LifeSiteNews reported a few days ago the inspiring piece of news that in Poland, 140,000 Catholics signed a petition to their bishops asking them to protect their teaching “from German errors.” At the same time, the German bishops had their spring assembly, during which they invited speakers who described the Polish Catholics as understandably “backward” due to their own Communist history and separation from the West and its ongoing discussions.
Let us first consider the affirming report about the strong traditional faith of the Polish Catholics. As LifeSiteNews wrote (emphasis added):
Over 140,000 Poles have signed a petition asking the nation’s bishops to defend Catholic teaching on marriage in the wake of the Pope’s controversial exhortation Amoris Laetitia.
Polonia Semper Fidelis, a group sponsored by Krakow’s Father Piotr Skarga Institute, posted the petition in January 2018, asking Archbishop Stanisław Gądecki, president of the Polish Bishops Conference, to preserve the faith in Poland from the “German errors.”
Specifically it calls on the bishops to affirm the indissolubility of marriage and the inadmissibility of divorced-and-remarried Catholics to the sacraments.
The letter warns that the problematic interpretations of Amoris Laetitia, promulgated especially by the German bishops, add to the immense confusion already faced by believers in the midst of today’s relativistic culture.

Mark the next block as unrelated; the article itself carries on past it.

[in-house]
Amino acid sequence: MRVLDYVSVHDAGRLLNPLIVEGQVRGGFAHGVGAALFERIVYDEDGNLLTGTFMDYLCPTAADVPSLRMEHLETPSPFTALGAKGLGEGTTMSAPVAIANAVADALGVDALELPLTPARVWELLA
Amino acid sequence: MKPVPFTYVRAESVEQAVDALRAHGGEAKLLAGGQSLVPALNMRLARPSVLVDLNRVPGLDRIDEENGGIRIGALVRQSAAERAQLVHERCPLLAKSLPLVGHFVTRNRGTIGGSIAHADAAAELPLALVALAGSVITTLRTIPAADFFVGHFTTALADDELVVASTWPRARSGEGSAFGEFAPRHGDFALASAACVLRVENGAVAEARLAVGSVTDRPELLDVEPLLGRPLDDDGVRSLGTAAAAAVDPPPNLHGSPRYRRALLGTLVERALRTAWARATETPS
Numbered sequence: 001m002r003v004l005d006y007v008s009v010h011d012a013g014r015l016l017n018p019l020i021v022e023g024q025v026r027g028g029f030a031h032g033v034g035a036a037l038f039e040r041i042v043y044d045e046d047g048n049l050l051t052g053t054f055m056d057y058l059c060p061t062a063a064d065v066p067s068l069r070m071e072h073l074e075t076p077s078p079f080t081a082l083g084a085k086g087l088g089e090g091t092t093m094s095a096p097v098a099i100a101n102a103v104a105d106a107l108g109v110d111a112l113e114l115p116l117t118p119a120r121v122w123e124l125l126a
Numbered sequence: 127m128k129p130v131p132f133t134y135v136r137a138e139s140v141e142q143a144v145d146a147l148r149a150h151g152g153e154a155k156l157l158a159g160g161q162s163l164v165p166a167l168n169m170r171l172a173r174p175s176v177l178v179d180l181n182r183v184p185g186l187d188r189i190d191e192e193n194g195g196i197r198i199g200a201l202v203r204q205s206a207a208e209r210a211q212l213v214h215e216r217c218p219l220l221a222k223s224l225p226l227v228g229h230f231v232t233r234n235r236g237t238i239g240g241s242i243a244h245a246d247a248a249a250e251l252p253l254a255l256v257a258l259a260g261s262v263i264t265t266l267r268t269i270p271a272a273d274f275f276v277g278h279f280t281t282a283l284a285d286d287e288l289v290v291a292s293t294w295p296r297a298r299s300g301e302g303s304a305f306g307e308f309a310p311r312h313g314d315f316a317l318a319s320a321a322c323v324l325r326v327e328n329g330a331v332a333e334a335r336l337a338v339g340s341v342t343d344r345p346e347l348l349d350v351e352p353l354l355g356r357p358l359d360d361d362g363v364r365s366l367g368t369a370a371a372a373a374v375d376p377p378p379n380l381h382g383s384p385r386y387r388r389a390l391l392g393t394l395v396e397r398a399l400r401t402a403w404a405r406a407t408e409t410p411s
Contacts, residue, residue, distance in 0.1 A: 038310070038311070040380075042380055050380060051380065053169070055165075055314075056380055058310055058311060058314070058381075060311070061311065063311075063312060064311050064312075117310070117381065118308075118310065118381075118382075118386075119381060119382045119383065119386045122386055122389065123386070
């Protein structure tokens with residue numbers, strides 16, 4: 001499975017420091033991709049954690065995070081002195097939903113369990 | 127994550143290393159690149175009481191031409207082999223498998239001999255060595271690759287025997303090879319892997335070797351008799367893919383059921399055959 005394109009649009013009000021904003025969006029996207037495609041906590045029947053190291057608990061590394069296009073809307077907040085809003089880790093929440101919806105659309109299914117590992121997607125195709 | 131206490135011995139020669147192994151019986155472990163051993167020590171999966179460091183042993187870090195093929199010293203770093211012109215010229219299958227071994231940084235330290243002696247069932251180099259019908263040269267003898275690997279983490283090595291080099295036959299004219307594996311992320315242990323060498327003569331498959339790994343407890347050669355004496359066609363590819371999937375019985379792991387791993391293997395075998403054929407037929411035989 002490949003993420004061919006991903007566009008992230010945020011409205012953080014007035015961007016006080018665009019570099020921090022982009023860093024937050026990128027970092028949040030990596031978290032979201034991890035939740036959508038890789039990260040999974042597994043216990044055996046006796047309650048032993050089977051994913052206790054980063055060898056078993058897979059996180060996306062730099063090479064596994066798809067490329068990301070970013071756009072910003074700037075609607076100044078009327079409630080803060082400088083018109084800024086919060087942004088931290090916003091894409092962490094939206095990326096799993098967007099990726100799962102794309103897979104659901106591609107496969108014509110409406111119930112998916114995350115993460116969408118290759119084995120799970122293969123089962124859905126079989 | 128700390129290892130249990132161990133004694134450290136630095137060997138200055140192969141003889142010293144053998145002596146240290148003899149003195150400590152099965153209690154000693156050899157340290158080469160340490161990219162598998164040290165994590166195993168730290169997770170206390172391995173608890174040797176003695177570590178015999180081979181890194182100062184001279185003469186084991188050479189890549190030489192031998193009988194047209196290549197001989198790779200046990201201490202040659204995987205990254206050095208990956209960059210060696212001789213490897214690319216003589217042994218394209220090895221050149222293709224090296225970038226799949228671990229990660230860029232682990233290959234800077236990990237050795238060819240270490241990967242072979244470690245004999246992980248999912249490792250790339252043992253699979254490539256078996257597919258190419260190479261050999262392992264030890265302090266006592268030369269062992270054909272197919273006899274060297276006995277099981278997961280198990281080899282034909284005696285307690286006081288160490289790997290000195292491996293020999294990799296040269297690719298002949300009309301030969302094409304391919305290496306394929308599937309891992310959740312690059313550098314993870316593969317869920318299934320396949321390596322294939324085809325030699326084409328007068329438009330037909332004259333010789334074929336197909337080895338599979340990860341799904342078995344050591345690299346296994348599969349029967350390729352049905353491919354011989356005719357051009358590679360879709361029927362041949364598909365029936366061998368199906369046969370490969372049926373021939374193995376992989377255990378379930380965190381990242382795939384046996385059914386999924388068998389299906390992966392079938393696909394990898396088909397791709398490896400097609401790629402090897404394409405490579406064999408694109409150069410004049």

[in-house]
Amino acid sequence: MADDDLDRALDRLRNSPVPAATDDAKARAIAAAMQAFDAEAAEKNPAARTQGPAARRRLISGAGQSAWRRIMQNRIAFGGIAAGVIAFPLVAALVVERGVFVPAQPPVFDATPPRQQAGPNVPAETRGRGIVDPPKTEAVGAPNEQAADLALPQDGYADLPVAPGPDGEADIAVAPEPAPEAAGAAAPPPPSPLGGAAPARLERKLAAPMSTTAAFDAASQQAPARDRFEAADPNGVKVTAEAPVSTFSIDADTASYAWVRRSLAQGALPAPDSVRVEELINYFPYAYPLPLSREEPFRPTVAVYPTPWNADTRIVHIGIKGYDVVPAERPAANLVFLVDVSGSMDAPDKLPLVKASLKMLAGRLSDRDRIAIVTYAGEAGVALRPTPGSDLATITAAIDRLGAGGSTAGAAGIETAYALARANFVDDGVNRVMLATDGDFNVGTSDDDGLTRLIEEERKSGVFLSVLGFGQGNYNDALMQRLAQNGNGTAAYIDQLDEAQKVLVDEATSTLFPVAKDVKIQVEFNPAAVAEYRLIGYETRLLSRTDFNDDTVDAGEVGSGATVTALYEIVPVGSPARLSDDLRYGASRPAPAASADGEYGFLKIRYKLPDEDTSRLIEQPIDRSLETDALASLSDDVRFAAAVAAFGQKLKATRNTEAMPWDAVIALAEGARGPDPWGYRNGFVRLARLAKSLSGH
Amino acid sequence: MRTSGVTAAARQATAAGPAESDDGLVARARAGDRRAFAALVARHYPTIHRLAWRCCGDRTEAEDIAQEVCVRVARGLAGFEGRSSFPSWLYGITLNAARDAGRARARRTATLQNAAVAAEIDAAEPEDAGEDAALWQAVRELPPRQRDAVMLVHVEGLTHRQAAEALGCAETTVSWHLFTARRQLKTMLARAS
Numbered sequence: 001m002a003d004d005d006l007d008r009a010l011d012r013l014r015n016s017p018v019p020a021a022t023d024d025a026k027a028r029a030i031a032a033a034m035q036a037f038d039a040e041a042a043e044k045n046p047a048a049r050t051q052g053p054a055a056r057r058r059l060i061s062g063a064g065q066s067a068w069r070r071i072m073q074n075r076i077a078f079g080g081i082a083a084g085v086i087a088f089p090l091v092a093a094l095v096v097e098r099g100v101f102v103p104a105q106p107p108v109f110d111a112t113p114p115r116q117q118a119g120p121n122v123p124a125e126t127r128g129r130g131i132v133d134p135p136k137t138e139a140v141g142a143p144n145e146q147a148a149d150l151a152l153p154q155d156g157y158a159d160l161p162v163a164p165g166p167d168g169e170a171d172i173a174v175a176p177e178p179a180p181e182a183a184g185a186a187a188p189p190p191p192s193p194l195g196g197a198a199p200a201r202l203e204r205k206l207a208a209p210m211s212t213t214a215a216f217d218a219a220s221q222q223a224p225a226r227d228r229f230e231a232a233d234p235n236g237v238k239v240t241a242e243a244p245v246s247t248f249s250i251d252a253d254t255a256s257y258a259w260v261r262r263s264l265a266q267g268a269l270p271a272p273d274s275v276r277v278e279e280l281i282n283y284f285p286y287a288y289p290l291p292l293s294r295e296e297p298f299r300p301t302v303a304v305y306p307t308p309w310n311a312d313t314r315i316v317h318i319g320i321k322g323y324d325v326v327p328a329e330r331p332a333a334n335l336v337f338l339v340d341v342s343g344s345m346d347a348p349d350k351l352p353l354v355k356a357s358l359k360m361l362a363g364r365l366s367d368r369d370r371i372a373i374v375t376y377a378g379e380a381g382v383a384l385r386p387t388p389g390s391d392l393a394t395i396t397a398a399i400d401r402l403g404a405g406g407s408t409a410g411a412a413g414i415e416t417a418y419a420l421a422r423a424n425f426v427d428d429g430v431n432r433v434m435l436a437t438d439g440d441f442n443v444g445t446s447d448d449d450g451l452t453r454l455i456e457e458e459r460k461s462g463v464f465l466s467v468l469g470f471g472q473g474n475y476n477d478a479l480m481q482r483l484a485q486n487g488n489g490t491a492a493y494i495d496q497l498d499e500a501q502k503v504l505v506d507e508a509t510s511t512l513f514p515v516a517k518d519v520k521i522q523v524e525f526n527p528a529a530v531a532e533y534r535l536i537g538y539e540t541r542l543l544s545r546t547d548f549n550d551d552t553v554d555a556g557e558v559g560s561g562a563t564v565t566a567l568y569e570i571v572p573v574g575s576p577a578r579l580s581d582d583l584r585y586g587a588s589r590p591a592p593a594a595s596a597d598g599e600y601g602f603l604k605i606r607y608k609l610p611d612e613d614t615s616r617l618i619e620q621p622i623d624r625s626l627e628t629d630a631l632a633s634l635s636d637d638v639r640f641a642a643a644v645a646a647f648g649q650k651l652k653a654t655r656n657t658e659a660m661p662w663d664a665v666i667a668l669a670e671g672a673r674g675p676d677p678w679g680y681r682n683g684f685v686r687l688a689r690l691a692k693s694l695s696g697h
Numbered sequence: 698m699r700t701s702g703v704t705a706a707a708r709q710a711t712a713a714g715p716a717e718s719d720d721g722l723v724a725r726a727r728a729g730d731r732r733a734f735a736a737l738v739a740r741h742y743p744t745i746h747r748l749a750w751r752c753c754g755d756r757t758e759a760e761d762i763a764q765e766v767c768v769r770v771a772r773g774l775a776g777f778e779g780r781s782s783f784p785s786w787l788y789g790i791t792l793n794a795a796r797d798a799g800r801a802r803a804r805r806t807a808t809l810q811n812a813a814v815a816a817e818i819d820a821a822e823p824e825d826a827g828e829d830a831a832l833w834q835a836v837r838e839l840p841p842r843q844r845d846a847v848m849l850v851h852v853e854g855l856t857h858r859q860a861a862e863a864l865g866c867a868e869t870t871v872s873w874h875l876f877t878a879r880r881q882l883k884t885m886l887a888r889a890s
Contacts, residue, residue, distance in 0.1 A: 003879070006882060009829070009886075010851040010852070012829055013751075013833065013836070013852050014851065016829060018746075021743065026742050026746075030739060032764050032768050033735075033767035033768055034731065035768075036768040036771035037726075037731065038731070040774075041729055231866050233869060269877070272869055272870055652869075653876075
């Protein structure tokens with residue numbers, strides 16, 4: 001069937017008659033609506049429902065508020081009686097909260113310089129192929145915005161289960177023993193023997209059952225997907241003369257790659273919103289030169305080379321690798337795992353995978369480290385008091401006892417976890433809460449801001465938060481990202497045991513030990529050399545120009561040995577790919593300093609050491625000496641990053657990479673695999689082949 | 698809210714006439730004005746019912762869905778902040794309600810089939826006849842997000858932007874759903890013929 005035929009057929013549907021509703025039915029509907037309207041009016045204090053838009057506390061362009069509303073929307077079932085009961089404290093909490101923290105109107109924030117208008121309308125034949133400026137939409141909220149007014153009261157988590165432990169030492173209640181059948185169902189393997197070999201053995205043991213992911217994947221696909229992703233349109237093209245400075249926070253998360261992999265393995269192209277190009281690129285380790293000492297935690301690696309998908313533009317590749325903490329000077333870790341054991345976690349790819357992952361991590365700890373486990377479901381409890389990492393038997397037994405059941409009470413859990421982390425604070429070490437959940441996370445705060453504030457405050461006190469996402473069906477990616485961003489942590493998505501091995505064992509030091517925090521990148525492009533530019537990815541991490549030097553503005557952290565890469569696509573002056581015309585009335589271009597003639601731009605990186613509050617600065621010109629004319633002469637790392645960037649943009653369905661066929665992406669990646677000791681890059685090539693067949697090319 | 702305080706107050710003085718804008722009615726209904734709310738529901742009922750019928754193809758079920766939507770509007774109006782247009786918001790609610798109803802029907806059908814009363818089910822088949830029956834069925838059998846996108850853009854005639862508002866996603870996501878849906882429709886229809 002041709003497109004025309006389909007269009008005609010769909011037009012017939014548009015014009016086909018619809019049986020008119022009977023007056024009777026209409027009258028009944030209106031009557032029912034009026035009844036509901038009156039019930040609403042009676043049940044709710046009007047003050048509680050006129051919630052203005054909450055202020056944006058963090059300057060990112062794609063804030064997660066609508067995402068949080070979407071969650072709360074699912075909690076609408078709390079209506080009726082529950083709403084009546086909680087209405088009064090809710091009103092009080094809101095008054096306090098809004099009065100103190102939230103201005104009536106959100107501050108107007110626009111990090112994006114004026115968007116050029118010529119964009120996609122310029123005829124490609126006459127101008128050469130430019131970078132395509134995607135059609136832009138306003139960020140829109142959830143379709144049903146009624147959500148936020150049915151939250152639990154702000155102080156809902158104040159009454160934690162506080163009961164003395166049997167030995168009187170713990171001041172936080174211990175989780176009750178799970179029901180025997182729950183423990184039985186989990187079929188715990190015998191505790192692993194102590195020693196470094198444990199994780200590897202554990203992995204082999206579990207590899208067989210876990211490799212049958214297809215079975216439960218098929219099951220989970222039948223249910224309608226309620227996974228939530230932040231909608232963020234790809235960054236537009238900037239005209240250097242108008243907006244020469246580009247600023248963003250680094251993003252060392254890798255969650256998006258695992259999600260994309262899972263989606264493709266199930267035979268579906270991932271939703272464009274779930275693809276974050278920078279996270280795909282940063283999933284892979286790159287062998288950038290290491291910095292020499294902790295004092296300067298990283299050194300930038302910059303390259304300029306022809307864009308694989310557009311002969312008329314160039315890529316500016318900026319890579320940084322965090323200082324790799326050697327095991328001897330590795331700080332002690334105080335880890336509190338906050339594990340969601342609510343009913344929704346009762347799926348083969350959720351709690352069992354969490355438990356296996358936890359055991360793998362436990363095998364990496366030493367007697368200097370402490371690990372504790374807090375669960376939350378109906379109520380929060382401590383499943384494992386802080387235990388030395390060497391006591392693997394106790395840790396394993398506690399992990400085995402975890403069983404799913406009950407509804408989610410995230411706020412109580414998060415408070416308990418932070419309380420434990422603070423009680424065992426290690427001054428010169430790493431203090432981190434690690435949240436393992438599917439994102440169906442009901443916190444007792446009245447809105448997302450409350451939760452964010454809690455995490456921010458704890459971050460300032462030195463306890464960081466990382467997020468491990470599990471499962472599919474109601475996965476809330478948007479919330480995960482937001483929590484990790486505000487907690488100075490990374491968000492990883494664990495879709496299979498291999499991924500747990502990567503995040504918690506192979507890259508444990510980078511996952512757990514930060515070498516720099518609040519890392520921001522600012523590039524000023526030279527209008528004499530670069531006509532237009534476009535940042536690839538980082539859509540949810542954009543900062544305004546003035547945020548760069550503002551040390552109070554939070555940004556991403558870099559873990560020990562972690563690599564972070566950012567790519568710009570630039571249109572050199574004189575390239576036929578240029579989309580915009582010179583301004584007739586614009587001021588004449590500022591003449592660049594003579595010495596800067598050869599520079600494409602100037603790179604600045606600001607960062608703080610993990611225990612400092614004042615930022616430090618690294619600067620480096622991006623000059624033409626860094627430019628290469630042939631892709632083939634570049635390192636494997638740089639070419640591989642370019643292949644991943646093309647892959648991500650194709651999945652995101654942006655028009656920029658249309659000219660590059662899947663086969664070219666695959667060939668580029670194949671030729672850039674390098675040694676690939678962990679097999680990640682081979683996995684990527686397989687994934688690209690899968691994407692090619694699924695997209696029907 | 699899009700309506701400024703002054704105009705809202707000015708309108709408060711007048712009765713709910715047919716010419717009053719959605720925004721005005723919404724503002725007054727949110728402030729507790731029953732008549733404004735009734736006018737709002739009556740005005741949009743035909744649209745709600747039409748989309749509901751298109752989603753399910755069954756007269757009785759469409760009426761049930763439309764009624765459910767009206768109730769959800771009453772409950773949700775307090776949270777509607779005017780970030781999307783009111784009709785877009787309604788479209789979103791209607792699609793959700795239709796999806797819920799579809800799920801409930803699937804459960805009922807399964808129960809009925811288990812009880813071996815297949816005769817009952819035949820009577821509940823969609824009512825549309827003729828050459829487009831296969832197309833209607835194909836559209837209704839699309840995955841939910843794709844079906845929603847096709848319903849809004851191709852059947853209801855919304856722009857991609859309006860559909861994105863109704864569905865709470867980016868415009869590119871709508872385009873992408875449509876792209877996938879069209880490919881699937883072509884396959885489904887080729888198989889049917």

This initiative comes at a time when the Polish Bishops’ Conference is in the middle of writing up its own statement concerning Amoris Laetitia, thus certainly supporting an orthodox approach to this whole matter.
The recent German initiative of hosting certain outside speakers during their spring assembly – in Ingolstadt to address some “tensions” with Poland (as well as Hungary) – might also have to be seen in light of the current discussion about Amoris Laetitia in Poland.
According to a 21 February report of the German bishops’ news site, Katholisch.de, the German bishops listened to the opinions of Tomás Halík, Czech professor of sociology in Prague, and of the Hungarian expert in religious studies András Máté-Tóth. Halík is one of the two organizers of the progressivist Pro Pope Francis initiative, which collected more than 70,000 signatures in support of Pope Francis and his reform agenda. Máté-Tóth is also a signatory.
During their talks, both non-German speakers made it clear that there exist strong differences between Germany, or the West, and some of the Eastern European countries, such as Poland and Hungary, when it comes to topics such as immigration and marriage. Halík, according to Katholisch.de, said that while populist movements are a global phenomenon, they might be further strengthened in Eastern Europe by “a cultural and psychological crisis of identity following the fall of Communism.”
Katholisch.de continues, saying such differences are to be seen especially with the Polish bishops when dealing with the papal document Amoris Laetitia: “While the German Bishops’ Conference subsequently admitted the remarried divorcees [sic] in individual cases to Holy Communion, the Polish bishops insist upon the heretofore practiced exclusion [sic] of this group of persons.”